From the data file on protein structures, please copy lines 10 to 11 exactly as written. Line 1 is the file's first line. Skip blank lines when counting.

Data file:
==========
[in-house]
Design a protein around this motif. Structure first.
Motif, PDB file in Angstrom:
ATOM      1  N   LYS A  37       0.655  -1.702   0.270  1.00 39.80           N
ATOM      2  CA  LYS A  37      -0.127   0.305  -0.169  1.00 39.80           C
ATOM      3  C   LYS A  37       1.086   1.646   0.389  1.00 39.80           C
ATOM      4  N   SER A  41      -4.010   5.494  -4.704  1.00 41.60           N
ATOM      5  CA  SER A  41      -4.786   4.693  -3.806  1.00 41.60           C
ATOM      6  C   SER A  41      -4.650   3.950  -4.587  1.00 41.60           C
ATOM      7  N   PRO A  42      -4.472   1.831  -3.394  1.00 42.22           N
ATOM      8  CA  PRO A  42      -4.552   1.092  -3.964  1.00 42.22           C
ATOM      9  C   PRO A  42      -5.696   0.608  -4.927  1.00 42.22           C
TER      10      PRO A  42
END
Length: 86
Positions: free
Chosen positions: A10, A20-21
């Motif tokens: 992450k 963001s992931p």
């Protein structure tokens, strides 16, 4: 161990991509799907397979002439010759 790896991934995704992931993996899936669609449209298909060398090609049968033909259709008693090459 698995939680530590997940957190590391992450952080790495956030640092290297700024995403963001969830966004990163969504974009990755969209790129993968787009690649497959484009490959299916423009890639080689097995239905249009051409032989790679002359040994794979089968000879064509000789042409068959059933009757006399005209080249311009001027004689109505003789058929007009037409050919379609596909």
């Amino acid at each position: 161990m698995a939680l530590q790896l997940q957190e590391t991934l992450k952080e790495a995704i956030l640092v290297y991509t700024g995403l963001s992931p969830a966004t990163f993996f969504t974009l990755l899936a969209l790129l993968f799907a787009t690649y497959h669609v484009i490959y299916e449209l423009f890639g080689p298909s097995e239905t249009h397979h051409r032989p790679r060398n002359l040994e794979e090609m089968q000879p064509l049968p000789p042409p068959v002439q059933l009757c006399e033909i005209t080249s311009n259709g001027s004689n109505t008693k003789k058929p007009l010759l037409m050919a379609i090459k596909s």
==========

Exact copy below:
ATOM      7  N   PRO A  42      -4.472   1.831  -3.394  1.00 42.22           N
ATOM      8  CA  PRO A  42      -4.552   1.092  -3.964  1.00 42.22           C